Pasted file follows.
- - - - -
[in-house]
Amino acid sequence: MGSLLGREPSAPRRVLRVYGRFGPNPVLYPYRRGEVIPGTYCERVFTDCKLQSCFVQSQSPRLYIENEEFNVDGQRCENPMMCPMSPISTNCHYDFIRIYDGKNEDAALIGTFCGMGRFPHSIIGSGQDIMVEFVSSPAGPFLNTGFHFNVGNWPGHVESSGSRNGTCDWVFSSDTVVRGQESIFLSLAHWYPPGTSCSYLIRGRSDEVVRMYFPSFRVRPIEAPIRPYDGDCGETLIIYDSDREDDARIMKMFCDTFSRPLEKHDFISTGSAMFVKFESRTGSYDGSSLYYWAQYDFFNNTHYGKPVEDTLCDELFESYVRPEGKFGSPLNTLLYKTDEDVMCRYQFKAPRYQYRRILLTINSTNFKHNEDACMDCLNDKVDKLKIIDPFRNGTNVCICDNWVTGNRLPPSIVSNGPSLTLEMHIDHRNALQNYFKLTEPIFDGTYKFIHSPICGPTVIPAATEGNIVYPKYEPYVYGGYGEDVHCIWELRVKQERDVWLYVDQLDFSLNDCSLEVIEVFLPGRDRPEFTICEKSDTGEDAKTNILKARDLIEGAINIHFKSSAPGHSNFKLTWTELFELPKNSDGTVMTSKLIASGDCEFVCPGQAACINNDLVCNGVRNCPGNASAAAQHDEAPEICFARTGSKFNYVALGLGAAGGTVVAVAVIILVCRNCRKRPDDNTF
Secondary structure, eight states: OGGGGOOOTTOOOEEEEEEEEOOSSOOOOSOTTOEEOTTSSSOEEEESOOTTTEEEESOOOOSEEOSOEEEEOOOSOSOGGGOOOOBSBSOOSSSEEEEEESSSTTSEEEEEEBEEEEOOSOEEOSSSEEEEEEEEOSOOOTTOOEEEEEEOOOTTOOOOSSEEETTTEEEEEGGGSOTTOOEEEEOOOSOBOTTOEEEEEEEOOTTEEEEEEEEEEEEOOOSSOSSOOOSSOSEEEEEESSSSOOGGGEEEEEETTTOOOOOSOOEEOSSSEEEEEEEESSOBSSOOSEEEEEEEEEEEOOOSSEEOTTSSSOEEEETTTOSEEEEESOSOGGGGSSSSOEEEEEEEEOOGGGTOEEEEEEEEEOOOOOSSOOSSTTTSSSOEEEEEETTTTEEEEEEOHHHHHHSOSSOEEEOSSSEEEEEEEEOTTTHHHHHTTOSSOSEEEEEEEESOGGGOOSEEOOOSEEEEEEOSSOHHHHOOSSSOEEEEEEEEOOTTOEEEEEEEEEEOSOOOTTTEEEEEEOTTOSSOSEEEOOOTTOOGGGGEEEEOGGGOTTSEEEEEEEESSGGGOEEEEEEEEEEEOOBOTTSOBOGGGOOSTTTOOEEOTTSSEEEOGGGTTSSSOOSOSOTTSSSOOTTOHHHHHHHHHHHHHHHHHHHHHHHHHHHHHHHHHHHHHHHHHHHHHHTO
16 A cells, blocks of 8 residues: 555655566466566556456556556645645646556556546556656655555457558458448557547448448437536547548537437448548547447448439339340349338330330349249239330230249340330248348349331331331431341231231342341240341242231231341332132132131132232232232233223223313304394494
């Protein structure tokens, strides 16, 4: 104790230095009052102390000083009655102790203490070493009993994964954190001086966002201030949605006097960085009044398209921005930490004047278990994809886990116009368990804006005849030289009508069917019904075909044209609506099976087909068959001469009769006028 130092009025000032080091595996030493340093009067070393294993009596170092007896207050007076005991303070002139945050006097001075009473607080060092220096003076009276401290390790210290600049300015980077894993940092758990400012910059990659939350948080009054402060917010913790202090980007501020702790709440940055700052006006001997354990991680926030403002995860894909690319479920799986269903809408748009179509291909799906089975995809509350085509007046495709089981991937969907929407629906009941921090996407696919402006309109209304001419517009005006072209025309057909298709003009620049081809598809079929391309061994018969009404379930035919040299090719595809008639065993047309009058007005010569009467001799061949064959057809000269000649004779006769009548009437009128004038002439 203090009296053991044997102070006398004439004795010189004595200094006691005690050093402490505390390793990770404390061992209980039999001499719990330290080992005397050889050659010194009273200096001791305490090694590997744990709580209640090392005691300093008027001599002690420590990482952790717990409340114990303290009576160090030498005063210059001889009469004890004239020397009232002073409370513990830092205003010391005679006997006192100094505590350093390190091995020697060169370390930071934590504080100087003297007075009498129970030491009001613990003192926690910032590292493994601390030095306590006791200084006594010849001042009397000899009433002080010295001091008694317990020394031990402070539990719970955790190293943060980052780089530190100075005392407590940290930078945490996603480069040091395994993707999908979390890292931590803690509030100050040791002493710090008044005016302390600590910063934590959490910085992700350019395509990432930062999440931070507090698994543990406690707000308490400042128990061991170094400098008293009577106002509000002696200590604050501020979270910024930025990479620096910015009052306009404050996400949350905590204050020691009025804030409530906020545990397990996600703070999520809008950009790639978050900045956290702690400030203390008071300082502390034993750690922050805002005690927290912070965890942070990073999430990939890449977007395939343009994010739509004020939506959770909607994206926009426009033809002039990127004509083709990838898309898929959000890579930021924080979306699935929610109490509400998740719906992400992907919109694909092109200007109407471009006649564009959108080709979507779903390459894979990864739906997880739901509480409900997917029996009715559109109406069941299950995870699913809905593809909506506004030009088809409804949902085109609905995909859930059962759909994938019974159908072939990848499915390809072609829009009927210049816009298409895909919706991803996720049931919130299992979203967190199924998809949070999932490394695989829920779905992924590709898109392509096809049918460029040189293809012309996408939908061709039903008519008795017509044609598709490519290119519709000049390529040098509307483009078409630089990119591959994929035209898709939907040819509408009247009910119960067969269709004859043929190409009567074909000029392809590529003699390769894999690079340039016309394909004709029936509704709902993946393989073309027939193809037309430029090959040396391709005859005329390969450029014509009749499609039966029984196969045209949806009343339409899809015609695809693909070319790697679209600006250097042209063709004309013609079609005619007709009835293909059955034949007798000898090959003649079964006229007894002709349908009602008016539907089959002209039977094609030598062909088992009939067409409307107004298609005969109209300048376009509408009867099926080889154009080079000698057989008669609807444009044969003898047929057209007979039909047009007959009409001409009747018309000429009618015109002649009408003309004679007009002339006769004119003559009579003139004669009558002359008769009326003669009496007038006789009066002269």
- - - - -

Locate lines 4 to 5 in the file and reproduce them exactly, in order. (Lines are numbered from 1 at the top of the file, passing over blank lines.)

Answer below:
16 A cells, blocks of 8 residues: 555655566466566556456556556645645646556556546556656655555457558458448557547448448437536547548537437448548547447448439339340349338330330349249239330230249340330248348349331331331431341231231342341240341242231231341332132132131132232232232233223223313304394494
């Protein structure tokens, strides 16, 4: 104790230095009052102390000083009655102790203490070493009993994964954190001086966002201030949605006097960085009044398209921005930490004047278990994809886990116009368990804006005849030289009508069917019904075909044209609506099976087909068959001469009769006028 130092009025000032080091595996030493340093009067070393294993009596170092007896207050007076005991303070002139945050006097001075009473607080060092220096003076009276401290390790210290600049300015980077894993940092758990400012910059990659939350948080009054402060917010913790202090980007501020702790709440940055700052006006001997354990991680926030403002995860894909690319479920799986269903809408748009179509291909799906089975995809509350085509007046495709089981991937969907929407629906009941921090996407696919402006309109209304001419517009005006072209025309057909298709003009620049081809598809079929391309061994018969009404379930035919040299090719595809008639065993047309009058007005010569009467001799061949064959057809000269000649004779006769009548009437009128004038002439 203090009296053991044997102070006398004439004795010189004595200094006691005690050093402490505390390793990770404390061992209980039999001499719990330290080992005397050889050659010194009273200096001791305490090694590997744990709580209640090392005691300093008027001599002690420590990482952790717990409340114990303290009576160090030498005063210059001889009469004890004239020397009232002073409370513990830092205003010391005679006997006192100094505590350093390190091995020697060169370390930071934590504080100087003297007075009498129970030491009001613990003192926690910032590292493994601390030095306590006791200084006594010849001042009397000899009433002080010295001091008694317990020394031990402070539990719970955790190293943060980052780089530190100075005392407590940290930078945490996603480069040091395994993707999908979390890292931590803690509030100050040791002493710090008044005016302390600590910063934590959490910085992700350019395509990432930062999440931070507090698994543990406690707000308490400042128990061991170094400098008293009577106002509000002696200590604050501020979270910024930025990479620096910015009052306009404050996400949350905590204050020691009025804030409530906020545990397990996600703070999520809008950009790639978050900045956290702690400030203390008071300082502390034993750690922050805002005690927290912070965890942070990073999430990939890449977007395939343009994010739509004020939506959770909607994206926009426009033809002039990127004509083709990838898309898929959000890579930021924080979306699935929610109490509400998740719906992400992907919109694909092109200007109407471009006649564009959108080709979507779903390459894979990864739906997880739901509480409900997917029996009715559109109406069941299950995870699913809905593809909506506004030009088809409804949902085109609905995909859930059962759909994938019974159908072939990848499915390809072609829009009927210049816009298409895909919706991803996720049931919130299992979203967190199924998809949070999932490394695989829920779905992924590709898109392509096809049918460029040189293809012309996408939908061709039903008519008795017509044609598709490519290119519709000049390529040098509307483009078409630089990119591959994929035209898709939907040819509408009247009910119960067969269709004859043929190409009567074909000029392809590529003699390769894999690079340039016309394909004709029936509704709902993946393989073309027939193809037309430029090959040396391709005859005329390969450029014509009749499609039966029984196969045209949806009343339409899809015609695809693909070319790697679209600006250097042209063709004309013609079609005619007709009835293909059955034949007798000898090959003649079964006229007894002709349908009602008016539907089959002209039977094609030598062909088992009939067409409307107004298609005969109209300048376009509408009867099926080889154009080079000698057989008669609807444009044969003898047929057209007979039909047009007959009409001409009747018309000429009618015109002649009408003309004679007009002339006769004119003559009579003139004669009558002359008769009326003669009496007038006789009066002269």